Army Officers to Face More Scrutiny as Promotion Boards Gain Access to Restricted Personnel Files
Army officer promotion boards will have access, starting this month, to adverse information and restricted files when considering leaders for promotion, the Army said.
The change aligns the Army with Defense Department guidance mandating closer scrutiny of officers as they climb up the ranks, which took effect in December.
Similar changes are taking place in all Pentagon branches. In the Air Force, the new system went into effect in March.
In the past, sensitive or negative information was examined later in the promotion process, said Maj. Gen. Douglas Stitt, director of military personnel management for the Army.
Promotion boards previously only had access to information in an officer's performance folder. Now, boards will be able to see almost all substantiated adverse information and anything filed as restricted in an officer's human resource record, the Army said.
Those files would include guilty verdicts from courts-martial, letters of reprimand, relief of command and nonjudicial punishments. Boards also will be provided a summary of any substantiated investigations or inquiries.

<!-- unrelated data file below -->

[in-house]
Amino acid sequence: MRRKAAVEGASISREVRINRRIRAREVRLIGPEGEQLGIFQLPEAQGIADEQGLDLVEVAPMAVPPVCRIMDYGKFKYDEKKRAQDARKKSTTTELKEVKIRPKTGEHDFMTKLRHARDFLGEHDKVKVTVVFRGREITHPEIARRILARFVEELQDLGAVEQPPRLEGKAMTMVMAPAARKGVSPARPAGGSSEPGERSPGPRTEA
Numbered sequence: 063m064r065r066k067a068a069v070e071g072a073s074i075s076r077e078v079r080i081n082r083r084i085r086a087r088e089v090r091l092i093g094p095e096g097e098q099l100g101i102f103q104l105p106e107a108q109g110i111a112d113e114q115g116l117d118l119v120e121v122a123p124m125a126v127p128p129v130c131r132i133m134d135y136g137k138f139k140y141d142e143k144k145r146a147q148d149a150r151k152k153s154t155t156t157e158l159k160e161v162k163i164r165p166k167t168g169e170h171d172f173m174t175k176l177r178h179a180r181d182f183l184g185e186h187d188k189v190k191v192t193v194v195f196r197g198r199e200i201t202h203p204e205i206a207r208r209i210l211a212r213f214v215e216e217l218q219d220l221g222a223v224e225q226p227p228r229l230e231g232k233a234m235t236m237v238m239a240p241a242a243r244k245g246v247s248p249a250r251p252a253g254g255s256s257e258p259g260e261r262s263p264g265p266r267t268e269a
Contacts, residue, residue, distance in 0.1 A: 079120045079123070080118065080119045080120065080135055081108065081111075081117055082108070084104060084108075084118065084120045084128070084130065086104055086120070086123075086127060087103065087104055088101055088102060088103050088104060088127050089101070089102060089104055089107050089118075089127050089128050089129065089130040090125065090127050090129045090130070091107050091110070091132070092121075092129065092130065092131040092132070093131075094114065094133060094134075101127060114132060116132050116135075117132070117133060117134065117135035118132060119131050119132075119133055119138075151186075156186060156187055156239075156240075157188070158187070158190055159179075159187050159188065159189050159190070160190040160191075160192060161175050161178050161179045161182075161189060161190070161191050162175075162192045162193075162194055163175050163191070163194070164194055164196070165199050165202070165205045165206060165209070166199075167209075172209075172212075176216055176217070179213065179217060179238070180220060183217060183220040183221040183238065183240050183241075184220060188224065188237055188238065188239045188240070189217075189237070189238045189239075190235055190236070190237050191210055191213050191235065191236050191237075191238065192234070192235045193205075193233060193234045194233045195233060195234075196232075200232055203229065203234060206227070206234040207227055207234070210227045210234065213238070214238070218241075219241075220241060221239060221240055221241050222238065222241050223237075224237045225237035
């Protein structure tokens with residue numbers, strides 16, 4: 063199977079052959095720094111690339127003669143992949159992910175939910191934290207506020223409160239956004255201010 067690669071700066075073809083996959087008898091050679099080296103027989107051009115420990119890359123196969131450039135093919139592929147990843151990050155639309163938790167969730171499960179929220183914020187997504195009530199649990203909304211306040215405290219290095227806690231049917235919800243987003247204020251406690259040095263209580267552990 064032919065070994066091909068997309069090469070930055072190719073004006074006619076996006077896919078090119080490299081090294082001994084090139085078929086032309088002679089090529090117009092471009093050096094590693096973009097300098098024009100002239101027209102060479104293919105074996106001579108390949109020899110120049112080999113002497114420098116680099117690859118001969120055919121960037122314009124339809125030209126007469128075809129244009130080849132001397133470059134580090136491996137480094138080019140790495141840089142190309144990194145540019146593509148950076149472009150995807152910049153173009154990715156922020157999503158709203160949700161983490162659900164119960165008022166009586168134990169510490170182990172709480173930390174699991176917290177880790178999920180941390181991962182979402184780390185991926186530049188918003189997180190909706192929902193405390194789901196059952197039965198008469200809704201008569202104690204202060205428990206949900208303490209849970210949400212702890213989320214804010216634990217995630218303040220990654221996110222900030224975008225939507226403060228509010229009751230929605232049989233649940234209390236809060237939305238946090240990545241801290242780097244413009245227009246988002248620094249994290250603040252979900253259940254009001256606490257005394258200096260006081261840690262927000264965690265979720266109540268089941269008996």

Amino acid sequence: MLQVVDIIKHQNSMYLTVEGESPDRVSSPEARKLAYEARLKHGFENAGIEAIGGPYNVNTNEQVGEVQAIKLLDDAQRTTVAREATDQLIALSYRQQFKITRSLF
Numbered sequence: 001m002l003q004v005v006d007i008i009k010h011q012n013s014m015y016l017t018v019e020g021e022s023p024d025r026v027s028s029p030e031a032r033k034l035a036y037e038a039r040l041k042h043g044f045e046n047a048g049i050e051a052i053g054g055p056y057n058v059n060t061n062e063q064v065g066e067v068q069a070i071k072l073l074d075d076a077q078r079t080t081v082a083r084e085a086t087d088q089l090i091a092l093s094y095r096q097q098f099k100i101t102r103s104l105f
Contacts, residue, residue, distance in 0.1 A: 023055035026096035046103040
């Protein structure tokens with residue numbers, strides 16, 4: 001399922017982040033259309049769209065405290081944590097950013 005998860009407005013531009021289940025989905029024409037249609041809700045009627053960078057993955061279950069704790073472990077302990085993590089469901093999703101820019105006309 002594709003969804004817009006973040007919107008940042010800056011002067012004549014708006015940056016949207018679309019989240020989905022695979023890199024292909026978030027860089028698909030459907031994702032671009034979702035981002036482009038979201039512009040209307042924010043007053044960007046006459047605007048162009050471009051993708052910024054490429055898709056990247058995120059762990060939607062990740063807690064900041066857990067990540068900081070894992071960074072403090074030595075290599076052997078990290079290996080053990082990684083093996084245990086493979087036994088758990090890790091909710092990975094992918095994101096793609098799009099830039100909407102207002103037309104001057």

"Officers will be notified of applicable adverse information and will be given an opportunity to submit matters for consideration by the promotion board," the Army said.
The change affects selection boards for the rank of major and above in the active component and the rank of colonel and above for the reserve components, the Army said.
Officers who have adverse actions in their record should be aware of it and consider submitting a rebuttal before going before a promotion board, Stitt said.Show Full Article
Army Officer Selection Board
Army Officer Selection Board(AOSB) is an assessment centre used by the British Army as part of the officer selection process for the regular army and Army Reserve and related scholarship schemes. The board is based at Leighton House, Westbury in Wiltshire, England in a dedicated camp. It is commanded by the President AOSB, a Colonel in the British Army, supported by a number of vice-presidents. The current President is Col. Lucy Giles.